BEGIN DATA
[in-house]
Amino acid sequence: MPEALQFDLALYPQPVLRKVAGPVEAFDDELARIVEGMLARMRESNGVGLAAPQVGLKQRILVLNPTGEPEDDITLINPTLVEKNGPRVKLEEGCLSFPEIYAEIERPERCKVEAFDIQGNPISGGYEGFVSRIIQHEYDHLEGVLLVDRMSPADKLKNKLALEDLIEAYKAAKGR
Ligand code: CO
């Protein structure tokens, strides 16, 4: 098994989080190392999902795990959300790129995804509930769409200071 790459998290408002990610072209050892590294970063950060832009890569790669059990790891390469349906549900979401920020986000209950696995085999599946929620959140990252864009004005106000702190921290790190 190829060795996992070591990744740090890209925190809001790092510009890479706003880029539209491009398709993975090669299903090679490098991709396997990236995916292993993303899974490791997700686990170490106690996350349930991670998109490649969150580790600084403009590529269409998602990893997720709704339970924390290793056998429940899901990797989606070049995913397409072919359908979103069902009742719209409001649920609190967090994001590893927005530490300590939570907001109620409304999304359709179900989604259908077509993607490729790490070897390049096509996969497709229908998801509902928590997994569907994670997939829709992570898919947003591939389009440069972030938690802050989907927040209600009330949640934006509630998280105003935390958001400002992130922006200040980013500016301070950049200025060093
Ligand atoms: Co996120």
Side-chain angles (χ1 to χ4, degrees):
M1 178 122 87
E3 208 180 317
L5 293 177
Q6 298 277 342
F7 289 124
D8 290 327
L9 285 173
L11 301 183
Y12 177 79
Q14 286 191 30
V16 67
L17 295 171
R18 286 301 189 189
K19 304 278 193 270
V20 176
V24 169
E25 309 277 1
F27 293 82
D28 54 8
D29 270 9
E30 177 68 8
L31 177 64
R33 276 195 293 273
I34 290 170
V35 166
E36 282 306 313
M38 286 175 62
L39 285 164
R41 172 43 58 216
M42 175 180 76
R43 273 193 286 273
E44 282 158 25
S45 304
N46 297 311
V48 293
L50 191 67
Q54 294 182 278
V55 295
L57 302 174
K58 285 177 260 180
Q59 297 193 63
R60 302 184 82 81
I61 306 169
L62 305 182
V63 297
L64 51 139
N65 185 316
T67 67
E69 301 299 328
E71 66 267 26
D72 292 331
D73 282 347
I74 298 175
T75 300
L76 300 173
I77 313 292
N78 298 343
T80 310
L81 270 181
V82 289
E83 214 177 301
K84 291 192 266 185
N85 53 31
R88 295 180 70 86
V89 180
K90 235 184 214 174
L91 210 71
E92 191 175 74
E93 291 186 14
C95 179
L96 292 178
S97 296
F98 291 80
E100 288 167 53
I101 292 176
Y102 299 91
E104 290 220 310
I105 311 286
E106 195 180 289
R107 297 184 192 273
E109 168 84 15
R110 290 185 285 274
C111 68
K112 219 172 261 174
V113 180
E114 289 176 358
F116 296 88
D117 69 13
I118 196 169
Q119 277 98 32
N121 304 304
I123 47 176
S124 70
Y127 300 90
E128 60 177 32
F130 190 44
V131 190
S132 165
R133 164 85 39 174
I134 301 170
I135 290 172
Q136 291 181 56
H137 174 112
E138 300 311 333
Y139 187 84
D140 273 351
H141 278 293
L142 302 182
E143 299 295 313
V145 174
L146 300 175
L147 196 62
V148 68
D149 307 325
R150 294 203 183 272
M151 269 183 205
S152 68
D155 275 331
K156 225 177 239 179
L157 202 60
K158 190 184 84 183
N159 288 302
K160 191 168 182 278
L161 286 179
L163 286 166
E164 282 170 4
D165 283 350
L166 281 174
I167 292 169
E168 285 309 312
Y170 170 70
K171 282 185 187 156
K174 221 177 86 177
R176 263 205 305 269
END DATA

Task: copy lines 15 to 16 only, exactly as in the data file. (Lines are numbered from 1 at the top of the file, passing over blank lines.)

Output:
Y12 177 79
Q14 286 191 30